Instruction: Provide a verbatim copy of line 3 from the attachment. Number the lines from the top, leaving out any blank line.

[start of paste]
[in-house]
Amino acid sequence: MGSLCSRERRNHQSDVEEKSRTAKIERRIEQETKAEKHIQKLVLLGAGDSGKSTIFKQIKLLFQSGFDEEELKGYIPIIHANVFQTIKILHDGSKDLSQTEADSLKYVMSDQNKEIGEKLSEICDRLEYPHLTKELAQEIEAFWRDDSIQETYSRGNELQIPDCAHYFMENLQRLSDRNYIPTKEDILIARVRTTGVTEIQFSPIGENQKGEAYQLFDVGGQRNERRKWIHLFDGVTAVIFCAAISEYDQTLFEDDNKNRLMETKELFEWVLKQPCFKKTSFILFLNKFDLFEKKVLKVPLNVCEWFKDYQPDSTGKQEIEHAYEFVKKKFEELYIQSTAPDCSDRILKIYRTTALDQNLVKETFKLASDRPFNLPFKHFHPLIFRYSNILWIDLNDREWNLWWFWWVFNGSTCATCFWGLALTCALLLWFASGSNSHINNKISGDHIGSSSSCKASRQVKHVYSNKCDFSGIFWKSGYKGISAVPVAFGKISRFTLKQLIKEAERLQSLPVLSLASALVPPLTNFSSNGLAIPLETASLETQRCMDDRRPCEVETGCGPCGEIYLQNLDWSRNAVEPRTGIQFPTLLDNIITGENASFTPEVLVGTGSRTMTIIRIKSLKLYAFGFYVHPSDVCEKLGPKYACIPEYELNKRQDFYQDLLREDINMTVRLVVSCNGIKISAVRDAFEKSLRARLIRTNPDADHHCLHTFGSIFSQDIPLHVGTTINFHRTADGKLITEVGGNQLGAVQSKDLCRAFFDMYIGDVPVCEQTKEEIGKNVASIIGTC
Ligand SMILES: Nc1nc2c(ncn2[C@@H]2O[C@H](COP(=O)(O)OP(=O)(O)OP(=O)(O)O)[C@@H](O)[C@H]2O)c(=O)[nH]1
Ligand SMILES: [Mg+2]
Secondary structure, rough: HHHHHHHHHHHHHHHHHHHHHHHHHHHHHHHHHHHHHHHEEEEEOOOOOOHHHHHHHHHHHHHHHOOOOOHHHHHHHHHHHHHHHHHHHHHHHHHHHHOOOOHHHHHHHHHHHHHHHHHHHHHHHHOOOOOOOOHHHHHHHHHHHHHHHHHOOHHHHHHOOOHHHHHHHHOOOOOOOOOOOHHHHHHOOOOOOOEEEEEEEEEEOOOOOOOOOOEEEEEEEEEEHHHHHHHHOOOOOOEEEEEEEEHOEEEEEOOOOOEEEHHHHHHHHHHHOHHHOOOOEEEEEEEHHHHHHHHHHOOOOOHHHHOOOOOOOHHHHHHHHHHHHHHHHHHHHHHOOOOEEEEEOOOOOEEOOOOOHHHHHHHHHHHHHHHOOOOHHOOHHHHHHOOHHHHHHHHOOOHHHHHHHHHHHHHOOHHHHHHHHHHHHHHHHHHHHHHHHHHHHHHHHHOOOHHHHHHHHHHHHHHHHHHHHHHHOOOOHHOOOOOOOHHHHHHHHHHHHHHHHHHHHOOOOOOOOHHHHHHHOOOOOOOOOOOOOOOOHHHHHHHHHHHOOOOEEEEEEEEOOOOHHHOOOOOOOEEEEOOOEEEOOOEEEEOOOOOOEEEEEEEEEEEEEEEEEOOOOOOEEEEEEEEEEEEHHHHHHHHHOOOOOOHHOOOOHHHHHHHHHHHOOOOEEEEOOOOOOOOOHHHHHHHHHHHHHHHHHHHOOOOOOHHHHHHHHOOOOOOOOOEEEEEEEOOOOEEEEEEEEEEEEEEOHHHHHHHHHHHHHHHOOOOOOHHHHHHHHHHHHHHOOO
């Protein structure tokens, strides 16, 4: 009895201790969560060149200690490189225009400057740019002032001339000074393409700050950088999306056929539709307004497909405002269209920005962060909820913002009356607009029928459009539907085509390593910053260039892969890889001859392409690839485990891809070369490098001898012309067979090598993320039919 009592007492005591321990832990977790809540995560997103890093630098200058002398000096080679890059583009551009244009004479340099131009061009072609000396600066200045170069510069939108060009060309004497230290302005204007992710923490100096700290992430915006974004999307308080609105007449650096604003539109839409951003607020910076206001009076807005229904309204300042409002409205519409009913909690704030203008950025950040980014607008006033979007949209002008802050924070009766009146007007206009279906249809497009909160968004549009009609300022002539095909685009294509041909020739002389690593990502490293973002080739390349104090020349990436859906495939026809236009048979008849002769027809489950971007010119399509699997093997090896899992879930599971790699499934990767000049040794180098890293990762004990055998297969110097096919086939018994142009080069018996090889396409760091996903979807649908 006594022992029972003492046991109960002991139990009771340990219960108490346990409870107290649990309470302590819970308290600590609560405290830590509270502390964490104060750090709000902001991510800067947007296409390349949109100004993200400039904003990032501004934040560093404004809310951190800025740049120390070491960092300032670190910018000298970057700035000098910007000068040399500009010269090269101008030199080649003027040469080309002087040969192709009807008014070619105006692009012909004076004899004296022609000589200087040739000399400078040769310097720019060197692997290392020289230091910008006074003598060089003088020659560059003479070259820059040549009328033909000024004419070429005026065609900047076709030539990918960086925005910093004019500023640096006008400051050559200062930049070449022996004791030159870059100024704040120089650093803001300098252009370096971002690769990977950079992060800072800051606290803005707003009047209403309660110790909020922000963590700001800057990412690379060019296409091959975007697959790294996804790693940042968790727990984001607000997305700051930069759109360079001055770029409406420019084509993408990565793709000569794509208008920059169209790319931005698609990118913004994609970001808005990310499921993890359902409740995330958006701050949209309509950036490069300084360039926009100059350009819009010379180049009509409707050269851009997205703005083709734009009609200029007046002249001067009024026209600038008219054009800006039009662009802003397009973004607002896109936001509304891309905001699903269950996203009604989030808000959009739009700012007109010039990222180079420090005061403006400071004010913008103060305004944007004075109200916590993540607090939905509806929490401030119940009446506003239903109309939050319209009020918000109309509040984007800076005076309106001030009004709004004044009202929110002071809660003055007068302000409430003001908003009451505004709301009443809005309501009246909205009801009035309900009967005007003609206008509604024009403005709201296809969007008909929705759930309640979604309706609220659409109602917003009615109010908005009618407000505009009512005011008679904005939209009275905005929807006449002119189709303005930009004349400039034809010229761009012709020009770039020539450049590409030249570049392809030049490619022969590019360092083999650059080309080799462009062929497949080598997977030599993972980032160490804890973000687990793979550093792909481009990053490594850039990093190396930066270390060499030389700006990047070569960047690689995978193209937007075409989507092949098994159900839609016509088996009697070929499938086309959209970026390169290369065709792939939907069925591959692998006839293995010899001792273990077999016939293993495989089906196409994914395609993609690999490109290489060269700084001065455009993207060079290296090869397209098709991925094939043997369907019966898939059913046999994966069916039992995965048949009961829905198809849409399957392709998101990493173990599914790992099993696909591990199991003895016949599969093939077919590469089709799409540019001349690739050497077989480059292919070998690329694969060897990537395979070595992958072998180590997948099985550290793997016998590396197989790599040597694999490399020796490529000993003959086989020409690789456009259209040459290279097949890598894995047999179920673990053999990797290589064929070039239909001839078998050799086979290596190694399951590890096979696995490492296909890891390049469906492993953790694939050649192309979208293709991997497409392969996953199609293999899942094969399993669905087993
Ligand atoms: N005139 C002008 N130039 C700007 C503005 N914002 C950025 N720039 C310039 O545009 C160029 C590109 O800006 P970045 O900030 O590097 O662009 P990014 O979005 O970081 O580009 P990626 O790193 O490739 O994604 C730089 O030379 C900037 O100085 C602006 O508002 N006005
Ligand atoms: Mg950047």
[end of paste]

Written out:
Ligand SMILES: Nc1nc2c(ncn2[C@@H]2O[C@H](COP(=O)(O)OP(=O)(O)OP(=O)(O)O)[C@@H](O)[C@H]2O)c(=O)[nH]1